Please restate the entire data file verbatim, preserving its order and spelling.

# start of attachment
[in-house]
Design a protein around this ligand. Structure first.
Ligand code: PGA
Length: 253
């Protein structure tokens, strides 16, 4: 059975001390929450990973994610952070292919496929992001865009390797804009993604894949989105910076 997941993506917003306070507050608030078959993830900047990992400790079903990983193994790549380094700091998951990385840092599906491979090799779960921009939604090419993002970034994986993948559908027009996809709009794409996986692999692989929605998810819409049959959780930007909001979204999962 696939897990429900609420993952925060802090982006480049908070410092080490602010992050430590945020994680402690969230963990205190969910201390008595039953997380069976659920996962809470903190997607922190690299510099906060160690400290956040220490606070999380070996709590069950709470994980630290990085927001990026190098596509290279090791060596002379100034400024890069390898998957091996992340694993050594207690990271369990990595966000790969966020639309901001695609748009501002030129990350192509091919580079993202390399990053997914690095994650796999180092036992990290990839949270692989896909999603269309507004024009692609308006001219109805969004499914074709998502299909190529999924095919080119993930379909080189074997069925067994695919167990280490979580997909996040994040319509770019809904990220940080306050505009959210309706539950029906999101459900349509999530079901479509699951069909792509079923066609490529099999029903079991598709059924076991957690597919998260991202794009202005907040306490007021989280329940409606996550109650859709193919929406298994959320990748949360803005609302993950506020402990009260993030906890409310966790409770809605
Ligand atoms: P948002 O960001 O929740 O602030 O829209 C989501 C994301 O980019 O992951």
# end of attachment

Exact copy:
[in-house]
Design a protein around this ligand. Structure first.
Ligand code: PGA
Length: 253
């Protein structure tokens, strides 16, 4: 059975001390929450990973994610952070292919496929992001865009390797804009993604894949989105910076 997941993506917003306070507050608030078959993830900047990992400790079903990983193994790549380094700091998951990385840092599906491979090799779960921009939604090419993002970034994986993948559908027009996809709009794409996986692999692989929605998810819409049959959780930007909001979204999962 696939897990429900609420993952925060802090982006480049908070410092080490602010992050430590945020994680402690969230963990205190969910201390008595039953997380069976659920996962809470903190997607922190690299510099906060160690400290956040220490606070999380070996709590069950709470994980630290990085927001990026190098596509290279090791060596002379100034400024890069390898998957091996992340694993050594207690990271369990990595966000790969966020639309901001695609748009501002030129990350192509091919580079993202390399990053997914690095994650796999180092036992990290990839949270692989896909999603269309507004024009692609308006001219109805969004499914074709998502299909190529999924095919080119993930379909080189074997069925067994695919167990280490979580997909996040994040319509770019809904990220940080306050505009959210309706539950029906999101459900349509999530079901479509699951069909792509079923066609490529099999029903079991598709059924076991957690597919998260991202794009202005907040306490007021989280329940409606996550109650859709193919929406298994959320990748949360803005609302993950506020402990009260993030906890409310966790409770809605
Ligand atoms: P948002 O960001 O929740 O602030 O829209 C989501 C994301 O980019 O992951």